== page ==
A police officer is free on bond after being arrested following a rash of road-sign thefts in southeast Alabama.  Brantley Police Chief Titus Averett says officer Jeremy Ray Walker of Glenwood is on paid leave following his arrest in Pike County.  The 30-year-old Walker is charged with receiving stolen property.  Lt. Troy Johnson of the Pike County Sheriff's Office says an investigation began after someone reported that Walker was selling road signs from Crenshaw County.  Investigators contacted the county engineer and learned signs had been reported stolen from several roads.


Obama To Lay Down His Markers On Economy & Fiscal Cliff

Nov 9, 2012
Originally published on November 9, 2012 2:08 pm

The post-election negotiations over taxes, the economy and the so-called fiscal cliff moved into a new phase this afternoon when President Obama stepped up to a microphone at the White House to lay out his latest thoughts about what needs to be done.

In many ways, this words were echoes from the hard-fought campaign.

"It's time to get back to work and there is plenty of work to do," he said. "The American people voted for action, not politics as usual." And while he is "open to compromise ... [and] new ideas," the president repeated that he is opposed to any deficit plans that do not "combine spending cuts with revenue."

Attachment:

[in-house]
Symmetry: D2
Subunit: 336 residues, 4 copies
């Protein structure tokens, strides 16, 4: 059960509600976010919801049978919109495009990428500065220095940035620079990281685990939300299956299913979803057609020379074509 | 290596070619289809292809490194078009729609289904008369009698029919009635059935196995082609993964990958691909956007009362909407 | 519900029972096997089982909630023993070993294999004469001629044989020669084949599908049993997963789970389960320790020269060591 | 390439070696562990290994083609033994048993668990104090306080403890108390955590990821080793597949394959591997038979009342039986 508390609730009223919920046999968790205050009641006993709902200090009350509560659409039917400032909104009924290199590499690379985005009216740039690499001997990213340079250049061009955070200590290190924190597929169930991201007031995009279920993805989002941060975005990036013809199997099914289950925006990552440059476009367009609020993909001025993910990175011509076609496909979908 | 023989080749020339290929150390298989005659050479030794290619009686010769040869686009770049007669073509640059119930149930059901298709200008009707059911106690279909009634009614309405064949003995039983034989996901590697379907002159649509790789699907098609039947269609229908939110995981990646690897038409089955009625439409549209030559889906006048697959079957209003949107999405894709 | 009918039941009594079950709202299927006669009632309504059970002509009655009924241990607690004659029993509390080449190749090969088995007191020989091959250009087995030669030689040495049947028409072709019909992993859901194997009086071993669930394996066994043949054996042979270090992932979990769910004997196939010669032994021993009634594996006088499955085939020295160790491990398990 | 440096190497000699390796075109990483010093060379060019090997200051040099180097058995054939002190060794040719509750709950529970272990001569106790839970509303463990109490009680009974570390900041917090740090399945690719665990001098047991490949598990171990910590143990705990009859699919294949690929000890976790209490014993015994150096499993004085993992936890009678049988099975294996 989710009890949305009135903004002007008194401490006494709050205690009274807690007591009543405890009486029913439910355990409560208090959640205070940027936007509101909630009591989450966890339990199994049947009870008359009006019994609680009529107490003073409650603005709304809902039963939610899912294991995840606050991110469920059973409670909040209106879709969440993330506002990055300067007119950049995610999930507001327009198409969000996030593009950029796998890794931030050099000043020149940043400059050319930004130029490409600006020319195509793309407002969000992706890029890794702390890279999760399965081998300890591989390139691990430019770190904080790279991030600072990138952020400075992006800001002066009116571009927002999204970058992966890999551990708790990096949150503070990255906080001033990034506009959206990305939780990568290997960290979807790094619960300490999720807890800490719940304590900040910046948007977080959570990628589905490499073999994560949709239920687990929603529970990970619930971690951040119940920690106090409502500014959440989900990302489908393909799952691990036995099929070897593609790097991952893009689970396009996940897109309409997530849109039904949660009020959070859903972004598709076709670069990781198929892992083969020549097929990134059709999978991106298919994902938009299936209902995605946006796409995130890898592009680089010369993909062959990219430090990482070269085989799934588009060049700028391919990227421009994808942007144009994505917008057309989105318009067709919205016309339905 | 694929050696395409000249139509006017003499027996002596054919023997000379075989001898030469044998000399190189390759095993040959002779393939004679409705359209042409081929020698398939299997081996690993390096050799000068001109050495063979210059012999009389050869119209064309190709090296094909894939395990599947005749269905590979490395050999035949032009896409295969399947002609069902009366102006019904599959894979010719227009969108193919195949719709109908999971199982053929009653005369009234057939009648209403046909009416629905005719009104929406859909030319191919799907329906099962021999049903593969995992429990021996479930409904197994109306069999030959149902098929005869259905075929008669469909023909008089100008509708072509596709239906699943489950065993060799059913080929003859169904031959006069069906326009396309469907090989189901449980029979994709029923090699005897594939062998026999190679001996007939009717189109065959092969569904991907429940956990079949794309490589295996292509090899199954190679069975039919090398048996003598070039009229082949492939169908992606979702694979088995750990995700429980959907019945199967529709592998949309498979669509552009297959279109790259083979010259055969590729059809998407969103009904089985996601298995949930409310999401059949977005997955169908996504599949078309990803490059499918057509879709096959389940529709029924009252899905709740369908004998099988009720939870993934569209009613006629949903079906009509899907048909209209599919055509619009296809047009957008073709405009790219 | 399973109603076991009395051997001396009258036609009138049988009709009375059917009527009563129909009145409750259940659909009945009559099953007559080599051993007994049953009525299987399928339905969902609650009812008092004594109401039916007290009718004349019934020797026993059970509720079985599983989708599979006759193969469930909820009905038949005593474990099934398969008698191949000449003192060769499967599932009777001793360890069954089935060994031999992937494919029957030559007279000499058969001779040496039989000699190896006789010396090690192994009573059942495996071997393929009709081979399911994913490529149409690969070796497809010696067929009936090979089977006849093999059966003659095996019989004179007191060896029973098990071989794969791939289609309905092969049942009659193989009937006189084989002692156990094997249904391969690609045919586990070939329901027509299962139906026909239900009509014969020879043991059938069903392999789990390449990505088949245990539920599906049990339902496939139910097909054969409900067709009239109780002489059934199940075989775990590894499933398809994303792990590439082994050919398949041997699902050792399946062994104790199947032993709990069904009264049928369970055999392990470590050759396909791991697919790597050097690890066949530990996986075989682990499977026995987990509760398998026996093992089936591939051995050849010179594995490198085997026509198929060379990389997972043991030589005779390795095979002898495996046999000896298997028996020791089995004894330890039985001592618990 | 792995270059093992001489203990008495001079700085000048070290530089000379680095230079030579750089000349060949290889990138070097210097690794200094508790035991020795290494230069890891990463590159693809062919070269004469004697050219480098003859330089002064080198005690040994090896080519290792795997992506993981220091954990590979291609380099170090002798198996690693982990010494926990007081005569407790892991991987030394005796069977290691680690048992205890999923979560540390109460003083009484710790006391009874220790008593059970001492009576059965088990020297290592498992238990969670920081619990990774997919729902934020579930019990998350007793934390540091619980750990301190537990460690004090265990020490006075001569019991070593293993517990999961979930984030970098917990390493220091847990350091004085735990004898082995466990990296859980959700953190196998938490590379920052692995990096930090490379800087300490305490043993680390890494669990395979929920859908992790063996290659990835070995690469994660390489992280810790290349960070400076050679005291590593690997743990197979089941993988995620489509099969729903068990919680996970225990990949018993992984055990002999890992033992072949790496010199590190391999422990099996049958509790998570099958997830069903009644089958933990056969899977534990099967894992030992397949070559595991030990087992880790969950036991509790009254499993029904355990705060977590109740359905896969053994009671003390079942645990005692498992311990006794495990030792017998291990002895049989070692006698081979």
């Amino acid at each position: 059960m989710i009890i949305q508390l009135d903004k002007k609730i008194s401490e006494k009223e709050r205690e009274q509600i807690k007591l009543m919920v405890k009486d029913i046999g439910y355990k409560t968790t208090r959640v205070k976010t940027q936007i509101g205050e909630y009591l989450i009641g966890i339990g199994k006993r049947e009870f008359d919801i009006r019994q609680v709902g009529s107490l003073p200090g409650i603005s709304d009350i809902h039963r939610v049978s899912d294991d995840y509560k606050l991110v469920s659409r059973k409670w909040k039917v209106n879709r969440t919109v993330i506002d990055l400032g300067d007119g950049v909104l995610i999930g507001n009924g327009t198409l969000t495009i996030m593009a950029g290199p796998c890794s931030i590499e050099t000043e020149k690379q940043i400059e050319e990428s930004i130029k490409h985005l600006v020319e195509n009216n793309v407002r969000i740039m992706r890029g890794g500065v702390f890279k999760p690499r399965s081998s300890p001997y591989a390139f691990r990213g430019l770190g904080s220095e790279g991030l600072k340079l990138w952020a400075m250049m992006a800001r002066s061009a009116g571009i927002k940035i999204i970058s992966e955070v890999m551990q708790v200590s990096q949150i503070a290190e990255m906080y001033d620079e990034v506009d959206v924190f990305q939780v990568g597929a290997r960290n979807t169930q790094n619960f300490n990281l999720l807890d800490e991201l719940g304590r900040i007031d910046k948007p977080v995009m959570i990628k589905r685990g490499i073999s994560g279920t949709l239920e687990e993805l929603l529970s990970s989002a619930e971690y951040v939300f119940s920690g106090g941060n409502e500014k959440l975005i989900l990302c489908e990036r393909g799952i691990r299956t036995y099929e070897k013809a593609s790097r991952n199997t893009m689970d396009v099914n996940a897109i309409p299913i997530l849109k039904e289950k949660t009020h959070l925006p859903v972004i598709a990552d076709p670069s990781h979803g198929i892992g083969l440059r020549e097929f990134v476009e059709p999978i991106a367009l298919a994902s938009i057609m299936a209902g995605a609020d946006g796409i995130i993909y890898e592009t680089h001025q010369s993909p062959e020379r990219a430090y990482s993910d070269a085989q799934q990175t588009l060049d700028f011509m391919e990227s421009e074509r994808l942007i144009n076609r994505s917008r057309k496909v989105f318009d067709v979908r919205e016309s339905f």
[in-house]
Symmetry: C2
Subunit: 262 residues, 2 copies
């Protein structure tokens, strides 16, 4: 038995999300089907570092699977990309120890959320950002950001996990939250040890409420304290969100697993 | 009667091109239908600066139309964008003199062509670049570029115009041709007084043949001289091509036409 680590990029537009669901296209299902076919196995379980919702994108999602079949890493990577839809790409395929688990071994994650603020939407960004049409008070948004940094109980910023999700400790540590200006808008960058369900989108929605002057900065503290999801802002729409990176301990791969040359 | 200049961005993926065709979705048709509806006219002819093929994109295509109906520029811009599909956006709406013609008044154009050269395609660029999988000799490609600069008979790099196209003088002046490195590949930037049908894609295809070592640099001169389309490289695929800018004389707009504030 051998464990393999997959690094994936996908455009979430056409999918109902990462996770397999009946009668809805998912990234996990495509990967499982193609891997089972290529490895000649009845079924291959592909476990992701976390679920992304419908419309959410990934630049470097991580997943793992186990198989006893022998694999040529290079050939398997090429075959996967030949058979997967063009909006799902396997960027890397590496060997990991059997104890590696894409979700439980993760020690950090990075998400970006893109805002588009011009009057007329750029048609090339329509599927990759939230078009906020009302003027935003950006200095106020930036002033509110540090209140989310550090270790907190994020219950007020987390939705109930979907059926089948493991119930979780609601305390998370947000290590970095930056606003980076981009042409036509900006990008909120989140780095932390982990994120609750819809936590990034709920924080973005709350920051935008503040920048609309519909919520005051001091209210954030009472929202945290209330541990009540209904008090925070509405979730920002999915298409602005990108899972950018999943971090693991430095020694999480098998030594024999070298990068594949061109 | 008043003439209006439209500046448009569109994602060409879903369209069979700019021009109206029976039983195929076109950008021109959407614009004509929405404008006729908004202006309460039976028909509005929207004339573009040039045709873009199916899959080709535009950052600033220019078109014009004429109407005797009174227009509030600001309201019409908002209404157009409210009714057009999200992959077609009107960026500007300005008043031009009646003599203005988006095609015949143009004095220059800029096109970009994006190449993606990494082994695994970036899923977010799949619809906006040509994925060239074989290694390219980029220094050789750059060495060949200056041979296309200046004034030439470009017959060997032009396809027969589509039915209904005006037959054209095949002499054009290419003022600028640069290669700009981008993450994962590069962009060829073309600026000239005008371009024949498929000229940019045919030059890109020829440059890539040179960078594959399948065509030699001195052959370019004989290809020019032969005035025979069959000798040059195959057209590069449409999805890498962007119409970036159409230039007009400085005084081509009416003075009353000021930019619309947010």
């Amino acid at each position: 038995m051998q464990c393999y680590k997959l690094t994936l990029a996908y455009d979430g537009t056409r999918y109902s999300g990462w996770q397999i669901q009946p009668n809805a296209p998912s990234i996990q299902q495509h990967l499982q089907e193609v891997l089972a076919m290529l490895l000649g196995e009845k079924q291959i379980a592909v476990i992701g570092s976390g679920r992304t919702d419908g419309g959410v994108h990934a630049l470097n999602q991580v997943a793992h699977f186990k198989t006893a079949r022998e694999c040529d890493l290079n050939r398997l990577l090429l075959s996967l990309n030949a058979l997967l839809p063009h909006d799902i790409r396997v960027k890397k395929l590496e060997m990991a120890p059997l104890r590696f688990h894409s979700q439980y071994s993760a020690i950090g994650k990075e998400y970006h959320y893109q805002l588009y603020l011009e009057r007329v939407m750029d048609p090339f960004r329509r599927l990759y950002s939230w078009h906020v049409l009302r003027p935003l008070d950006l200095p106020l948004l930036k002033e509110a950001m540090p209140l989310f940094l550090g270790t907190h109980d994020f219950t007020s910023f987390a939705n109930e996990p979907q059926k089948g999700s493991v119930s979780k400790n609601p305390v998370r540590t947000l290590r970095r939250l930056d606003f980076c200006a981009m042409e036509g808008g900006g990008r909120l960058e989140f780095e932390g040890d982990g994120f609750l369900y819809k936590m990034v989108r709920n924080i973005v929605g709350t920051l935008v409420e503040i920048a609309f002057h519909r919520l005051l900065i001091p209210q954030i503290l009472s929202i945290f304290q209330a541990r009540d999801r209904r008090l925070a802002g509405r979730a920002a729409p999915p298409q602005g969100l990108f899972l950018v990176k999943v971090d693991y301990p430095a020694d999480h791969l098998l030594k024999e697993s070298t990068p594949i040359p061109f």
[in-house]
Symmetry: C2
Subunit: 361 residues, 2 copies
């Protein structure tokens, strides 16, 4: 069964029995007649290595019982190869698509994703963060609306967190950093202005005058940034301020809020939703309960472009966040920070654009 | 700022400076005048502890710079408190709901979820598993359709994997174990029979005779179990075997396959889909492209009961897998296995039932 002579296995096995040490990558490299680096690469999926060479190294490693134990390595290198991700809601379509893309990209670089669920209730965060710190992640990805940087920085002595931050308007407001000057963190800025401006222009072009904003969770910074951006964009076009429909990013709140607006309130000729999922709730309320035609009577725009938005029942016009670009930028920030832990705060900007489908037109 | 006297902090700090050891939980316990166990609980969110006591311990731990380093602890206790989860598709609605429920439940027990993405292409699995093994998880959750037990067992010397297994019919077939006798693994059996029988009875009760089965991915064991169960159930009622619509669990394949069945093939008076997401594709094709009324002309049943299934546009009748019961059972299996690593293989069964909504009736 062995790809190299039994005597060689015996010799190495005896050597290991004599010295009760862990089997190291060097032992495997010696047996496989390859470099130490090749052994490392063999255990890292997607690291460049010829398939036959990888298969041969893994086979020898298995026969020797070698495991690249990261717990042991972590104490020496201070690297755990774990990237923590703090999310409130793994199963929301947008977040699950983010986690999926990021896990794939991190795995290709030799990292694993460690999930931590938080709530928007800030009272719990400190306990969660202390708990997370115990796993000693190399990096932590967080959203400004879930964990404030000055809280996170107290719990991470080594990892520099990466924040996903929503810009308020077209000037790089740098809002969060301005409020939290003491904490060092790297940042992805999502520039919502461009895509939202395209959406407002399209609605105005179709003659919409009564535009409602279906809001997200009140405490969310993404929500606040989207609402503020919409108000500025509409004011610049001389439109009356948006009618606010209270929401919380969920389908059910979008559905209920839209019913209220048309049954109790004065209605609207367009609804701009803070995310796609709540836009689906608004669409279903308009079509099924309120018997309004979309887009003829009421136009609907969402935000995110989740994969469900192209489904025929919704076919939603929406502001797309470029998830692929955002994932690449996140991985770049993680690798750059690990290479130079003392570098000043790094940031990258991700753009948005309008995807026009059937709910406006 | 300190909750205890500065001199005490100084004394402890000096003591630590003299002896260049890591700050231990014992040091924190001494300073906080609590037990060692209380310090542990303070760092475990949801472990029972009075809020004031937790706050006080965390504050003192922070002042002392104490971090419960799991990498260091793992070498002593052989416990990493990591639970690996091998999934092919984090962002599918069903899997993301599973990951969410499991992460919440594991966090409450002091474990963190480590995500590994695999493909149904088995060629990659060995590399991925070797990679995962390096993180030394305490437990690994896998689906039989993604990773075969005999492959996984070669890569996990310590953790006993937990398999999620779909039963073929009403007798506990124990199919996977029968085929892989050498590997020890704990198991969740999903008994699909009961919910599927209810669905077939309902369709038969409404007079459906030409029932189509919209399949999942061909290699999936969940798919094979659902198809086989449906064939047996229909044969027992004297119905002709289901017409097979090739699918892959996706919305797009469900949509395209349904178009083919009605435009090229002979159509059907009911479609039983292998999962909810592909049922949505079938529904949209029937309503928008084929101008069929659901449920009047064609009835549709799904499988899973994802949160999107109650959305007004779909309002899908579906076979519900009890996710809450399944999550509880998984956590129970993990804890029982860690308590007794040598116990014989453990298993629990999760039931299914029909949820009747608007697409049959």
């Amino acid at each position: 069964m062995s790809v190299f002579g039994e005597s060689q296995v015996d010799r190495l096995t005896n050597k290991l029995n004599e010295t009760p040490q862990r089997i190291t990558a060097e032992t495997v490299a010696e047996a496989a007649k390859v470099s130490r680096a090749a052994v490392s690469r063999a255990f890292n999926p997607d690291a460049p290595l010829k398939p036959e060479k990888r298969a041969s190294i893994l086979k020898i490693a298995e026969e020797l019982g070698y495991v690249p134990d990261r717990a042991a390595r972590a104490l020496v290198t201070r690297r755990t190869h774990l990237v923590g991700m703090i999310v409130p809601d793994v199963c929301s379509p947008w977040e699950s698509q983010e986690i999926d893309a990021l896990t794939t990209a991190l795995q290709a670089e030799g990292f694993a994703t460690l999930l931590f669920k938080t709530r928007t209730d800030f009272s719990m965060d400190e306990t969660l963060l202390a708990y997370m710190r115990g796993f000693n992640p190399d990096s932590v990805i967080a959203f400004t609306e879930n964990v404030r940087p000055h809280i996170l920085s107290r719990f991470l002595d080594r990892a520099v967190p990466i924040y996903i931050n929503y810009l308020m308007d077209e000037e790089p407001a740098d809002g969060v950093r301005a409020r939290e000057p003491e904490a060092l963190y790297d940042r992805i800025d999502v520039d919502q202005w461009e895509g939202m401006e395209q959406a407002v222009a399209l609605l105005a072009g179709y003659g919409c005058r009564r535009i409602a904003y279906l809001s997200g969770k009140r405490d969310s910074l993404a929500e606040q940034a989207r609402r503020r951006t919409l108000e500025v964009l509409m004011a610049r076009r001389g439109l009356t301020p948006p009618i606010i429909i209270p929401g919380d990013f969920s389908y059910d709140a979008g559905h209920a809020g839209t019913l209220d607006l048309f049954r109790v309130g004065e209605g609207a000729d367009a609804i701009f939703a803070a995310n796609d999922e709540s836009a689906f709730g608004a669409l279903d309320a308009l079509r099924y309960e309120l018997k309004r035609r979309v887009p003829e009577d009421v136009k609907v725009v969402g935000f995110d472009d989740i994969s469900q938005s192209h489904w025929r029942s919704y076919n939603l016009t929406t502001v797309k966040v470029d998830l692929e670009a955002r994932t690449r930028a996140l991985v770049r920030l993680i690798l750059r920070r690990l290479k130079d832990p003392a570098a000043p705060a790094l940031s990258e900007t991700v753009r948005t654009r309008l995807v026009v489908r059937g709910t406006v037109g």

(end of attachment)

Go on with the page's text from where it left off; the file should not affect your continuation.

Voters, he said, want to see "cooperation, consensus and common sense. ... I intend to deliver."

The short address was the president's first to the nation since his victory celebration Election Night in Chicago. The last time an incumbent president had the chance to lay out a post-election agenda, of course, was in 2004. Then, President George W. Bush famously said, "I earned capital in the campaign, political capital. And now I intend to spend it. It is my style."

Earlier today, House Speaker John Boehner (R-Ohio), repeated his call on the Democratic president to take the lead in such talks. Boehner also repeated the basic Republican position: that "lowering [tax] rates and cleaning up the tax code" will spur economic growth.